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Medical News Today has reported that new research published in the journal Neurology shows that women who undergo hormone therapy within five years of menopause may have a decreased risk of developing Alzheimer's, while women who begin the treatment later may have an increased risk of forming dementia.
Peter P. Zandi, Ph.D., of Johns Hopkins University, and his colleagues noticed conflicting reports about whether hormone therapy was a risk factor of the degenerative disease. They noticed that observational studies, which analyze subjects over a period of time, showed that there was a risk of developing Alzheimer's when taking hormone therapy, whereas clinical studies, which involve a control group taking a placebo, suggested that the menopause treatment increased the risk of developing the neurological disorder.
The researchers conducted a study in which they monitored 1,768 women - 1,105 of whom used hormone therapy - for 11 years. The study also kept track of when each woman started menopause.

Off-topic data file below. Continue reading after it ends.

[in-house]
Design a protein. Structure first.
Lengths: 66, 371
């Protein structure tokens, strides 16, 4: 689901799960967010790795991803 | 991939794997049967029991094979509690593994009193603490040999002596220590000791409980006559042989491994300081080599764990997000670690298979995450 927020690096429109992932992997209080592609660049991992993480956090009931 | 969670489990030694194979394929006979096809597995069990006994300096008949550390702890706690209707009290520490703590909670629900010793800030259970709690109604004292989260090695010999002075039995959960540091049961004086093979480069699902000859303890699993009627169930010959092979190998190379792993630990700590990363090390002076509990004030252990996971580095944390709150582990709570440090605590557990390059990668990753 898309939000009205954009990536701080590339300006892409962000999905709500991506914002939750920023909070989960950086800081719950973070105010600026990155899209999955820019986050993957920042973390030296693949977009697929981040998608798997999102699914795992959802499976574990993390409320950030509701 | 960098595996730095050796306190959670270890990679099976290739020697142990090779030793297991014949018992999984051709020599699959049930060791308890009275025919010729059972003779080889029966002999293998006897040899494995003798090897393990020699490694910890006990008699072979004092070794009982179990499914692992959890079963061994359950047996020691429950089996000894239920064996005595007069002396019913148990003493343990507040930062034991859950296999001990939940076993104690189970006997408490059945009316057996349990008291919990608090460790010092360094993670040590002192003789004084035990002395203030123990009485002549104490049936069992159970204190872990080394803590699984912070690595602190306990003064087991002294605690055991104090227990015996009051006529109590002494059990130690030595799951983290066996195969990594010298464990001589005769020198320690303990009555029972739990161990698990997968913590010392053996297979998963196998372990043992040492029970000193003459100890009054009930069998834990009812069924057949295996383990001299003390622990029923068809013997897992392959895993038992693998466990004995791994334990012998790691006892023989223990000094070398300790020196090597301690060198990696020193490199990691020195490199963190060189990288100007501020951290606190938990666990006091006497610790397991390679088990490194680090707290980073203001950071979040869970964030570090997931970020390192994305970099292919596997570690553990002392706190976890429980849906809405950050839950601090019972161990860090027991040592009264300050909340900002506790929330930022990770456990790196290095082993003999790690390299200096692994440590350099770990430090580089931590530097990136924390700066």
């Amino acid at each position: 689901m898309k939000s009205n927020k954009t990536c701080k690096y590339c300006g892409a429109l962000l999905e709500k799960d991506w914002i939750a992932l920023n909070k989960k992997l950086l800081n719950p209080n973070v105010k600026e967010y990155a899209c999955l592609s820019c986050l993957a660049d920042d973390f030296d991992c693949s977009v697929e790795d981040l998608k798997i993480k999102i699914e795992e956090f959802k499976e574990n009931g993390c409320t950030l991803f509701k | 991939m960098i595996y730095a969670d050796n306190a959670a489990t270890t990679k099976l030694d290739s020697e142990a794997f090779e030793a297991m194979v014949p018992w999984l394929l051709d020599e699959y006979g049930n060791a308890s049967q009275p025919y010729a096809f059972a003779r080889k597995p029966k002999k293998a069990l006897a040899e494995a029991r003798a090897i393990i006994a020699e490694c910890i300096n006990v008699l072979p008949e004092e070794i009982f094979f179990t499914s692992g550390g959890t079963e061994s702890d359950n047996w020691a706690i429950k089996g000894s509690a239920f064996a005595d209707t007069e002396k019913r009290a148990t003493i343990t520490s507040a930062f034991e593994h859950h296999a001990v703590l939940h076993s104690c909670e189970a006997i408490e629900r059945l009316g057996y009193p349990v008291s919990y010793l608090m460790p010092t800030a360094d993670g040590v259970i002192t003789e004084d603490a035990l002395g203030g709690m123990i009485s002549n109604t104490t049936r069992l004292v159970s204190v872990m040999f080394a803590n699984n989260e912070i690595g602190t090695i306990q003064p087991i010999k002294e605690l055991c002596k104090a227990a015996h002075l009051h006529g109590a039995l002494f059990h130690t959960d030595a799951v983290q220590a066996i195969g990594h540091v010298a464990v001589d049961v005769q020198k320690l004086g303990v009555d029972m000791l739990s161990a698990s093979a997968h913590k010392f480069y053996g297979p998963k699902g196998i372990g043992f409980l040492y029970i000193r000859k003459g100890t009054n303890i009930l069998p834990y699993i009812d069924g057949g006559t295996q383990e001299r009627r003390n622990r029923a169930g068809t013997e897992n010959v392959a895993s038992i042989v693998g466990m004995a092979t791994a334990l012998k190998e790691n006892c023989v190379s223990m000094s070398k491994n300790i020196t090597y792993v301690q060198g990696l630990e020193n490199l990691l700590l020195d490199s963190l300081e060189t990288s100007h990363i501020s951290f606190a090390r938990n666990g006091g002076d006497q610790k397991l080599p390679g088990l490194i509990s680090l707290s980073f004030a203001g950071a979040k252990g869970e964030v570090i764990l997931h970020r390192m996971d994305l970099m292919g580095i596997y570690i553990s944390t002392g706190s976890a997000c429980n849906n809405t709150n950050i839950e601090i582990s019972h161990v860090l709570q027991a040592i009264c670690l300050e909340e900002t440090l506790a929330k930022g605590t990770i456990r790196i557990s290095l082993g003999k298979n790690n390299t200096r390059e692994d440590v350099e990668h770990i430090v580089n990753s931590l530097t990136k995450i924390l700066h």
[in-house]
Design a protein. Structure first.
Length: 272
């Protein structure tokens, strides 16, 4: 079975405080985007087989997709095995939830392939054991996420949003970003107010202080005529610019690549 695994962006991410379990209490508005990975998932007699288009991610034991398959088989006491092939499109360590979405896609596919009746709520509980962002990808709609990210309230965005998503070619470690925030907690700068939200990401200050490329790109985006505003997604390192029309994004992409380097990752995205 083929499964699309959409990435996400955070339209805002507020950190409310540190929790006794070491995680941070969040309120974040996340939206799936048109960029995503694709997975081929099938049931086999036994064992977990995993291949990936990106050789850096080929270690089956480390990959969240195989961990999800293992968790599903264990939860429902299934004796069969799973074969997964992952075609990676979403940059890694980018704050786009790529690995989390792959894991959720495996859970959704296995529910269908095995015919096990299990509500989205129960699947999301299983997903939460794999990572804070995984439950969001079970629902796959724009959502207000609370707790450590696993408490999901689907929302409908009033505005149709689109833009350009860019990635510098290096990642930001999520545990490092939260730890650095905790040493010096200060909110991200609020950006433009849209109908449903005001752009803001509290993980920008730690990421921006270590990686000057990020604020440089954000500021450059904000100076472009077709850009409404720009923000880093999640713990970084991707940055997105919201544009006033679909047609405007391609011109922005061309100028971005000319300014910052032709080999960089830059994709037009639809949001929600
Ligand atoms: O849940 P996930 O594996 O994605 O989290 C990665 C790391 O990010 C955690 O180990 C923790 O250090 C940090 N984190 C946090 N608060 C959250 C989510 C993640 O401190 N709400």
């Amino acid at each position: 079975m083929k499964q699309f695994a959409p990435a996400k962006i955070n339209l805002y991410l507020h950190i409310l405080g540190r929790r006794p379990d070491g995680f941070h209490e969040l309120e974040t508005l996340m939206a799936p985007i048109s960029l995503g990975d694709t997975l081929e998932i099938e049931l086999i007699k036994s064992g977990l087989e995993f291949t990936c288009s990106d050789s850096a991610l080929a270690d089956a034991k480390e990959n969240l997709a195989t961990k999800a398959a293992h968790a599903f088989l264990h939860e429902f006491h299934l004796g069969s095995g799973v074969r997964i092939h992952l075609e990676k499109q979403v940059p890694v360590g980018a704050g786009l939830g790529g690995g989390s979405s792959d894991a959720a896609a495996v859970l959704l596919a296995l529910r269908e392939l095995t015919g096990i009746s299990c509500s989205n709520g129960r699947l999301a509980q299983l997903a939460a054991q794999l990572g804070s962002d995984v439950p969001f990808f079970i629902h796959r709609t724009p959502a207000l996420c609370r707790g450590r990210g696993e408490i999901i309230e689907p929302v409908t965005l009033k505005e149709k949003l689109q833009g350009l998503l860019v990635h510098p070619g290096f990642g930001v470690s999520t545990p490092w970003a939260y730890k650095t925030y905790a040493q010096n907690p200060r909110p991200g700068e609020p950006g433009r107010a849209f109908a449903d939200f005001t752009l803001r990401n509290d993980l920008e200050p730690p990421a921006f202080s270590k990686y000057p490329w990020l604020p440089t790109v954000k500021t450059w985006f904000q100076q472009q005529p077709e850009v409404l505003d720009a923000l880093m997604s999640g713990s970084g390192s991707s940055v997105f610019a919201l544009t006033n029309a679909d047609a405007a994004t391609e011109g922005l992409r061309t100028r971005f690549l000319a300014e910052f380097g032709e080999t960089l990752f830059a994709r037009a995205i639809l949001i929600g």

Of the 1,1768 subjects, 176 developed Alzheimer's: 87 of these women utilized hormone therapy and the other 89 patients with Alzheimer's did not. Statistical analysis showed that using hormone therapy within five years of menopause, reduced the risk of developing the disorder by 30 percent. There was an increased risk among the women who started the therapy more than five years after into post-menopause if they used combined treatments of estrogen and progestin.
While the research does have implications for when a patient should undergo hormone therapy, the study authors reported that there needs to be further research conducted to find a concrete link between the timing of the therapy and the development of Alzheimer's.
According to the Mayo Clinic, symptoms like irregular periods, hot flashes and vaginal dryness are enough to determine when menopause has occurred, but sometimes doctors will conduct a blood test to check the levels of one's follicle-stimulating hormone (FSH) and estrogen (estradiol).
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